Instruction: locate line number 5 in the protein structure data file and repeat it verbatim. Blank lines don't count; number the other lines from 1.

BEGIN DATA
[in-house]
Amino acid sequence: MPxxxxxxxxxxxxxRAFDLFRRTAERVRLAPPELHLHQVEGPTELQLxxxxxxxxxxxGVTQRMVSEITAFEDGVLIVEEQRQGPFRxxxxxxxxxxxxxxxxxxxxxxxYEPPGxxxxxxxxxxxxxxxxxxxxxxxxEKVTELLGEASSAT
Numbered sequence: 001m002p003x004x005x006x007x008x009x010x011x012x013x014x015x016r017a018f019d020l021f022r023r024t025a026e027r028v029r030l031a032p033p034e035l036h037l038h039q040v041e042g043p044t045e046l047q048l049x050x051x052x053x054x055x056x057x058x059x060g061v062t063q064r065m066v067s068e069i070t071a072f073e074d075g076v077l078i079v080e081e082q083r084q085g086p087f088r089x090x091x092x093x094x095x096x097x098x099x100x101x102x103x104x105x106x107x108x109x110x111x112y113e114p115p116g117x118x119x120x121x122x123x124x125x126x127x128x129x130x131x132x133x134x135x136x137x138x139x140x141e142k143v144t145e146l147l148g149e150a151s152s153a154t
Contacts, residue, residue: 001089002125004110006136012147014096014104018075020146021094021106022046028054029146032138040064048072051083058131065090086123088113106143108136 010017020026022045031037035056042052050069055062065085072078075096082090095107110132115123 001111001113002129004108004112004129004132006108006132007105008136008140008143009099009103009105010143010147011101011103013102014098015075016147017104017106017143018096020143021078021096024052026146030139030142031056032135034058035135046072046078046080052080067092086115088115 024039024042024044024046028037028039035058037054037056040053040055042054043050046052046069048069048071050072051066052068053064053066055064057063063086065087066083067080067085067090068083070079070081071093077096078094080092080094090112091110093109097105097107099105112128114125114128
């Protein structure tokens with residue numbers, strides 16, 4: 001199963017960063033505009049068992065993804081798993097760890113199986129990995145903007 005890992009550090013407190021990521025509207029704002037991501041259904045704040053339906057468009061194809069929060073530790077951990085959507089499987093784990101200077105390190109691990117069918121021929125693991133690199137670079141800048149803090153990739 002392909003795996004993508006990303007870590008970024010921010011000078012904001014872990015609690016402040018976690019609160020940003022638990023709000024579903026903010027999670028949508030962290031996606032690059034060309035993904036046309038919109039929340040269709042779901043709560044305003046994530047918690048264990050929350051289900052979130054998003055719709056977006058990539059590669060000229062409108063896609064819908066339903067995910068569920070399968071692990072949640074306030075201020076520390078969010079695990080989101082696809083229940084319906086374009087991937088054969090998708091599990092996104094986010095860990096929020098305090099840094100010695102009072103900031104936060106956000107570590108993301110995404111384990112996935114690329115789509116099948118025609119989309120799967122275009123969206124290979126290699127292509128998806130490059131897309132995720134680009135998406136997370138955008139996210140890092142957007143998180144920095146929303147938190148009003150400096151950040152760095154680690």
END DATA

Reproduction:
């Protein structure tokens with residue numbers, strides 16, 4: 001199963017960063033505009049068992065993804081798993097760890113199986129990995145903007 005890992009550090013407190021990521025509207029704002037991501041259904045704040053339906057468009061194809069929060073530790077951990085959507089499987093784990101200077105390190109691990117069918121021929125693991133690199137670079141800048149803090153990739 002392909003795996004993508006990303007870590008970024010921010011000078012904001014872990015609690016402040018976690019609160020940003022638990023709000024579903026903010027999670028949508030962290031996606032690059034060309035993904036046309038919109039929340040269709042779901043709560044305003046994530047918690048264990050929350051289900052979130054998003055719709056977006058990539059590669060000229062409108063896609064819908066339903067995910068569920070399968071692990072949640074306030075201020076520390078969010079695990080989101082696809083229940084319906086374009087991937088054969090998708091599990092996104094986010095860990096929020098305090099840094100010695102009072103900031104936060106956000107570590108993301110995404111384990112996935114690329115789509116099948118025609119989309120799967122275009123969206124290979126290699127292509128998806130490059131897309132995720134680009135998406136997370138955008139996210140890092142957007143998180144920095146929303147938190148009003150400096151950040152760095154680690």